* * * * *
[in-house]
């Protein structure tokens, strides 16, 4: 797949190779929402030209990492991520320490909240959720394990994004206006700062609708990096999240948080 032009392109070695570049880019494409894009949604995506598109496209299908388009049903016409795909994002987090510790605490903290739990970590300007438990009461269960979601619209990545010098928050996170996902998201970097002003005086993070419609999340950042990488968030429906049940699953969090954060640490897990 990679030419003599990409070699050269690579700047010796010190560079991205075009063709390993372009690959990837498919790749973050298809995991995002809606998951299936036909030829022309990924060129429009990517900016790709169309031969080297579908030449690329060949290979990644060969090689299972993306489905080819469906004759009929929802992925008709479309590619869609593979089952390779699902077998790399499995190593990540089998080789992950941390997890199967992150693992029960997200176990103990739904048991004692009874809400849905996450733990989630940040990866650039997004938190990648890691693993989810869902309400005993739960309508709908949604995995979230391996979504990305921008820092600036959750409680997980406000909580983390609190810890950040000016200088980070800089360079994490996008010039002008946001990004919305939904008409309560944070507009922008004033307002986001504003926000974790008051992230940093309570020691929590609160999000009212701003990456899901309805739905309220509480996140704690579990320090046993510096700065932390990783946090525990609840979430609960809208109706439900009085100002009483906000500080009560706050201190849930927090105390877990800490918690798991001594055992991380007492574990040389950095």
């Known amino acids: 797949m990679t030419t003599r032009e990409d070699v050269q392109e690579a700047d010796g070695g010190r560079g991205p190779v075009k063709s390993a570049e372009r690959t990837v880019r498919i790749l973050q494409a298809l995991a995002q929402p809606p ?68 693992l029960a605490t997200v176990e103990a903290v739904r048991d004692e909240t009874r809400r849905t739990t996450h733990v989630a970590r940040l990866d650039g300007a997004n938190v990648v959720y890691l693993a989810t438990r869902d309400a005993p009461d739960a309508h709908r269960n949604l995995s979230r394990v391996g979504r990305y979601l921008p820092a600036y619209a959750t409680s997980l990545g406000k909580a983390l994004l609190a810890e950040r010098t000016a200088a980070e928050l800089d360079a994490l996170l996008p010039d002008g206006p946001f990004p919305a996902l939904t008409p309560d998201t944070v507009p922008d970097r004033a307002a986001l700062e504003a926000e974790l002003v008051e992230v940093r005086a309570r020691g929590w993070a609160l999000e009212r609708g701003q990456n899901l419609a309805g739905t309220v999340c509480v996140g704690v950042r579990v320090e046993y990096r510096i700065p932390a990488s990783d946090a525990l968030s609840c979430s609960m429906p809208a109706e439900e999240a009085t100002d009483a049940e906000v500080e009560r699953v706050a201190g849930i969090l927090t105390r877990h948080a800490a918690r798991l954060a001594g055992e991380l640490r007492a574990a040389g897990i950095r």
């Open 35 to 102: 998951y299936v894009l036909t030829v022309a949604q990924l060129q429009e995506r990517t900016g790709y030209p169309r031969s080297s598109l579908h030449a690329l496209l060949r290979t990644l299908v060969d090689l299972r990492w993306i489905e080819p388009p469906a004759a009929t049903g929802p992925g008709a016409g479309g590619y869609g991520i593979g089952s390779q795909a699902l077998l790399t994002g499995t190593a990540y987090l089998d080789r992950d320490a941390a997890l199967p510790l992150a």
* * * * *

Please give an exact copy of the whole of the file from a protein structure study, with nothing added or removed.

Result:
[in-house]
């Protein structure tokens, strides 16, 4: 797949190779929402030209990492991520320490909240959720394990994004206006700062609708990096999240948080 032009392109070695570049880019494409894009949604995506598109496209299908388009049903016409795909994002987090510790605490903290739990970590300007438990009461269960979601619209990545010098928050996170996902998201970097002003005086993070419609999340950042990488968030429906049940699953969090954060640490897990 990679030419003599990409070699050269690579700047010796010190560079991205075009063709390993372009690959990837498919790749973050298809995991995002809606998951299936036909030829022309990924060129429009990517900016790709169309031969080297579908030449690329060949290979990644060969090689299972993306489905080819469906004759009929929802992925008709479309590619869609593979089952390779699902077998790399499995190593990540089998080789992950941390997890199967992150693992029960997200176990103990739904048991004692009874809400849905996450733990989630940040990866650039997004938190990648890691693993989810869902309400005993739960309508709908949604995995979230391996979504990305921008820092600036959750409680997980406000909580983390609190810890950040000016200088980070800089360079994490996008010039002008946001990004919305939904008409309560944070507009922008004033307002986001504003926000974790008051992230940093309570020691929590609160999000009212701003990456899901309805739905309220509480996140704690579990320090046993510096700065932390990783946090525990609840979430609960809208109706439900009085100002009483906000500080009560706050201190849930927090105390877990800490918690798991001594055992991380007492574990040389950095």
């Known amino acids: 797949m990679t030419t003599r032009e990409d070699v050269q392109e690579a700047d010796g070695g010190r560079g991205p190779v075009k063709s390993a570049e372009r690959t990837v880019r498919i790749l973050q494409a298809l995991a995002q929402p809606p ?68 693992l029960a605490t997200v176990e103990a903290v739904r048991d004692e909240t009874r809400r849905t739990t996450h733990v989630a970590r940040l990866d650039g300007a997004n938190v990648v959720y890691l693993a989810t438990r869902d309400a005993p009461d739960a309508h709908r269960n949604l995995s979230r394990v391996g979504r990305y979601l921008p820092a600036y619209a959750t409680s997980l990545g406000k909580a983390l994004l609190a810890e950040r010098t000016a200088a980070e928050l800089d360079a994490l996170l996008p010039d002008g206006p946001f990004p919305a996902l939904t008409p309560d998201t944070v507009p922008d970097r004033a307002a986001l700062e504003a926000e974790l002003v008051e992230v940093r005086a309570r020691g929590w993070a609160l999000e009212r609708g701003q990456n899901l419609a309805g739905t309220v999340c509480v996140g704690v950042r579990v320090e046993y990096r510096i700065p932390a990488s990783d946090a525990l968030s609840c979430s609960m429906p809208a109706e439900e999240a009085t100002d009483a049940e906000v500080e009560r699953v706050a201190g849930i969090l927090t105390r877990h948080a800490a918690r798991l954060a001594g055992e991380l640490r007492a574990a040389g897990i950095r």
């Open 35 to 102: 998951y299936v894009l036909t030829v022309a949604q990924l060129q429009e995506r990517t900016g790709y030209p169309r031969s080297s598109l579908h030449a690329l496209l060949r290979t990644l299908v060969d090689l299972r990492w993306i489905e080819p388009p469906a004759a009929t049903g929802p992925g008709a016409g479309g590619y869609g991520i593979g089952s390779q795909a699902l077998l790399t994002g499995t190593a990540y987090l089998d080789r992950d320490a941390a997890l199967p510790l992150a």